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What is the poem "The Relic" by John Donne about?

Answer

The poem "The Relic" is about a pair of lovers, and it grapples with Donne's ambiguous attitude towards Catholicism and the concept of the miracle. Yet, it is about a couple who loved "well and faithfully."

Donne employs first person plural to create a sense of the lovers as an inseparable unit. Their love is woven into the grammar of the poem. Donne also fixates on the idea of miracles, and the poem ends with the line "Should I tell what a miracle she was." His invocation of the miraculous sets him apart from his contemporaries, however. In many poems of the day, women were romantic ideals as opposed to flesh-and-blood figures. Donne, however, secularizes religious ideas instead of mythologizing his female lover.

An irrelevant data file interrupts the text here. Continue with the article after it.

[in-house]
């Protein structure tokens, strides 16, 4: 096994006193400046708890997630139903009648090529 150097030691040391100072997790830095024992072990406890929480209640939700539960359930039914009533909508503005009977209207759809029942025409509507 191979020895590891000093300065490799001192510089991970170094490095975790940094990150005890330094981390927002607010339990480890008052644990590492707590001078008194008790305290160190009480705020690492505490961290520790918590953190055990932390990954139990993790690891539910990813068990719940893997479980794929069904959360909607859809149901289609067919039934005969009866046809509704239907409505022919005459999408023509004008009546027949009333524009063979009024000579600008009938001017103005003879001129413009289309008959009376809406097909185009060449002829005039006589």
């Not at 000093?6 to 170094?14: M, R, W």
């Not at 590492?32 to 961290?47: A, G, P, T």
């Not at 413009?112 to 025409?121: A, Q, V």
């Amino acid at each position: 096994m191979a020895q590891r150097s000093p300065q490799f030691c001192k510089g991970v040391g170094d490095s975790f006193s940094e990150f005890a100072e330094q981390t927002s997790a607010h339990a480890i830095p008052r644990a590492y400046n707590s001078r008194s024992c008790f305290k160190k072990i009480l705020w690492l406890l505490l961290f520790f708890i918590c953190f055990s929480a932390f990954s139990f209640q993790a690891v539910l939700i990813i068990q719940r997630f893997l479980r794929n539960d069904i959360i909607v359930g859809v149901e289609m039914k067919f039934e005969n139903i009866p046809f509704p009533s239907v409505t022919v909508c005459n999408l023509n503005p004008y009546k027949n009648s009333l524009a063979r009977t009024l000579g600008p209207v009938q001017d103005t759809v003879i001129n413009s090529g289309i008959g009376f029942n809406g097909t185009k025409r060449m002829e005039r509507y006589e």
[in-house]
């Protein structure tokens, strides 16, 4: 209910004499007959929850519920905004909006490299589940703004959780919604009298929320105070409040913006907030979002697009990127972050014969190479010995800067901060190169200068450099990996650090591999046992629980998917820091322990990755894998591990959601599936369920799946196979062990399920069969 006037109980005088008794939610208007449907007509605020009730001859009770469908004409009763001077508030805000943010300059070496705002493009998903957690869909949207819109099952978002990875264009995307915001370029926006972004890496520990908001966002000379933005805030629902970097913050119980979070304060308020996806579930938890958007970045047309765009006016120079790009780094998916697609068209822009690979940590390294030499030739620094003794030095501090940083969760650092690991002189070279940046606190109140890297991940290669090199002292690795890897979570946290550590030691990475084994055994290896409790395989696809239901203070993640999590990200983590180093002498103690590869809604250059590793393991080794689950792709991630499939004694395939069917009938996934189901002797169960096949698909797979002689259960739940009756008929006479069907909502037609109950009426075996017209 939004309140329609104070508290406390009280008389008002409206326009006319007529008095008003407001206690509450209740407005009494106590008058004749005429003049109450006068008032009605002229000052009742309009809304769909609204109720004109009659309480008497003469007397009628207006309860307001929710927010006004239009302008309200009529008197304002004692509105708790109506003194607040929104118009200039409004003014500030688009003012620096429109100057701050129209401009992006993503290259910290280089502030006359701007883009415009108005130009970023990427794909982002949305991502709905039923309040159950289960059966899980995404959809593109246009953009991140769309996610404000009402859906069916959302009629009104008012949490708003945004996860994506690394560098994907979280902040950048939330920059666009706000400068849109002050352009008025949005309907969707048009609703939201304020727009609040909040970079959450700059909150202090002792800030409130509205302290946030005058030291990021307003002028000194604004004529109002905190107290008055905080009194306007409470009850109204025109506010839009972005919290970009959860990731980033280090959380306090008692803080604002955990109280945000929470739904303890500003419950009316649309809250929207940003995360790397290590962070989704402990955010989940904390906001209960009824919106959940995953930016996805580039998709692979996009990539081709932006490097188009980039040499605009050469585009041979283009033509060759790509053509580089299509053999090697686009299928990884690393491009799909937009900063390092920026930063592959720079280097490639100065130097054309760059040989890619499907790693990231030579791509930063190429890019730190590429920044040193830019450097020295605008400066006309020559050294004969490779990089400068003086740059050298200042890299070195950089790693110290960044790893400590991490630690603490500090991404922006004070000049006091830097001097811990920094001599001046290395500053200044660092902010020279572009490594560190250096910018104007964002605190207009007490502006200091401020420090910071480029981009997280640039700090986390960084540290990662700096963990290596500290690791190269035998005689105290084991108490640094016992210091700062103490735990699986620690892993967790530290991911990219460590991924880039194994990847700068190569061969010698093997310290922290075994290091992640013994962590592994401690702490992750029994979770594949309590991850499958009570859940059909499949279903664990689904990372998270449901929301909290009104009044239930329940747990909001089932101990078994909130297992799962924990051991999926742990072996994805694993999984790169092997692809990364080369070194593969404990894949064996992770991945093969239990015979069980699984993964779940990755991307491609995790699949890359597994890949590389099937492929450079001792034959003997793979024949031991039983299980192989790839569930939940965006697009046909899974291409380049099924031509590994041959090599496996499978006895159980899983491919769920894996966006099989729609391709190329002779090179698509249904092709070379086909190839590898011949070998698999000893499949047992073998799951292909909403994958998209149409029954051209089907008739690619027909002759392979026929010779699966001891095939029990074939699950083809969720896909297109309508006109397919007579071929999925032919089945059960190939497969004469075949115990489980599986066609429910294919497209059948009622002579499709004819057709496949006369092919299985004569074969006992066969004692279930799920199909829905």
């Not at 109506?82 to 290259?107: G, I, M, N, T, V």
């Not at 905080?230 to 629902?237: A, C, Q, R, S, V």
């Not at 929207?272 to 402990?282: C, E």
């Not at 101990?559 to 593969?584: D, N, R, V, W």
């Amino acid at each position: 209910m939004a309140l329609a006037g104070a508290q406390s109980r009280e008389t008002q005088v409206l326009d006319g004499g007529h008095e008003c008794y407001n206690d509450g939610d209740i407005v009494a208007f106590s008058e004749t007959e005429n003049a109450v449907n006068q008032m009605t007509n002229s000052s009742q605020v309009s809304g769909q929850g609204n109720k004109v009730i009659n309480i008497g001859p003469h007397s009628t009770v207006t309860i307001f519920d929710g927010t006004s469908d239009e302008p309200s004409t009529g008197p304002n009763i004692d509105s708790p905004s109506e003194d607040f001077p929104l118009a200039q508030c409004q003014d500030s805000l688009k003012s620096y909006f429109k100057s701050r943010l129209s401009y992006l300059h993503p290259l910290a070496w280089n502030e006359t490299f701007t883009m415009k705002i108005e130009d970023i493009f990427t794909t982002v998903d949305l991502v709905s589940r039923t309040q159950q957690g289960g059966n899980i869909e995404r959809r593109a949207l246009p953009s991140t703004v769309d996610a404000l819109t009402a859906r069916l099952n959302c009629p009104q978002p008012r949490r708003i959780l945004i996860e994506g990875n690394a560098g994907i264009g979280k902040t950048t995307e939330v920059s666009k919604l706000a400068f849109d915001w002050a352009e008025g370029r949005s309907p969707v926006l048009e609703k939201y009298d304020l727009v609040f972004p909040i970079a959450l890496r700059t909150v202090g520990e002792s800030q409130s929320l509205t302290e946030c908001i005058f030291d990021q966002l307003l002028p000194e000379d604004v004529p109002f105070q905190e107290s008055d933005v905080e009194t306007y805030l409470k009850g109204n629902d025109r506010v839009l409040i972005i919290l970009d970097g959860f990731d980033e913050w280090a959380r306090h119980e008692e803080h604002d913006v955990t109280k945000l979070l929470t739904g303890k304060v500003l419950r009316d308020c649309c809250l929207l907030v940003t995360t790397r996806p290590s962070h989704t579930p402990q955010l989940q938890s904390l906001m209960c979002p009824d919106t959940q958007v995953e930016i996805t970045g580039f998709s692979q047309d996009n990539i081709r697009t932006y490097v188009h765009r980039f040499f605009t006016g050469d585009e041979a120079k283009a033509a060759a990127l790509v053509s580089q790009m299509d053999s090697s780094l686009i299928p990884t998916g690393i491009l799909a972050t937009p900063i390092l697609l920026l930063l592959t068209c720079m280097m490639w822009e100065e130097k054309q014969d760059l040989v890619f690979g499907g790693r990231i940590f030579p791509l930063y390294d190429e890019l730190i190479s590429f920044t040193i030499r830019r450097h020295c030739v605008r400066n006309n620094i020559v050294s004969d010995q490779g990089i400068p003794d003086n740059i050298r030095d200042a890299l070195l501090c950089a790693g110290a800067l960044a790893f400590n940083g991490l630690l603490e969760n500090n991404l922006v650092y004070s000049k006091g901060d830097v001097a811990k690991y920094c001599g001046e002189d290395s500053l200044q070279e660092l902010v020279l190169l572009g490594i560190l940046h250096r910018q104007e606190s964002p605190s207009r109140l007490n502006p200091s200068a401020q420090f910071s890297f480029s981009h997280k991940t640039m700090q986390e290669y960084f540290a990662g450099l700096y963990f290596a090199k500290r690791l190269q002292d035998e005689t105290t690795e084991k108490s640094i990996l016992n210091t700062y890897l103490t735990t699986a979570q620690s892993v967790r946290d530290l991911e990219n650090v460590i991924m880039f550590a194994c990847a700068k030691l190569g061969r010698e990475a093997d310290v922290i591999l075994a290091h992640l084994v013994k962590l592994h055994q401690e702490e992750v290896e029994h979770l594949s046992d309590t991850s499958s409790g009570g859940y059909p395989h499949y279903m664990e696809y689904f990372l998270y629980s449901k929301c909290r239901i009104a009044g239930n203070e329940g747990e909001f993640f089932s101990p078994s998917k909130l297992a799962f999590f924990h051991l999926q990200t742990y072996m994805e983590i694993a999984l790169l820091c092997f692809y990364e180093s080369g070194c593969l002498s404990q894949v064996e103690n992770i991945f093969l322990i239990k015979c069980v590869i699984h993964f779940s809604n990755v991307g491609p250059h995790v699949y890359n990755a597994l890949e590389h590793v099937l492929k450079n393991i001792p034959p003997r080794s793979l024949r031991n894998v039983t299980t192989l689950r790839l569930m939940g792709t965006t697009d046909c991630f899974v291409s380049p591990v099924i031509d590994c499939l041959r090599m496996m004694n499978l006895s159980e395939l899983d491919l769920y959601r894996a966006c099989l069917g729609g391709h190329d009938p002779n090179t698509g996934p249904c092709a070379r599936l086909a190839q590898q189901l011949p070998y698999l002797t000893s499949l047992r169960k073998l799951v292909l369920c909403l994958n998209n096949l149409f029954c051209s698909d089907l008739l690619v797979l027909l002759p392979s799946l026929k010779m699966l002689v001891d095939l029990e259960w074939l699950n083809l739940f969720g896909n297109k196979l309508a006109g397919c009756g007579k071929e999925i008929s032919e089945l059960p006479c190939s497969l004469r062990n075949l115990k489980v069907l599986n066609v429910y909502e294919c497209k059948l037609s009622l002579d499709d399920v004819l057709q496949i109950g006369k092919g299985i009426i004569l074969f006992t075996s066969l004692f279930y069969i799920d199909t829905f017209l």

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The line in Donne's relic to which Eliot refers is "A bracelet of bright hair about the bone". This line evokes not the carnal love about which Eliot's narrator is so indecisive
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John Donne's poem 'Holy Sonnet' is a poem about death. It talks about how death torments even those that are powerful. You can learn more at the website . ...
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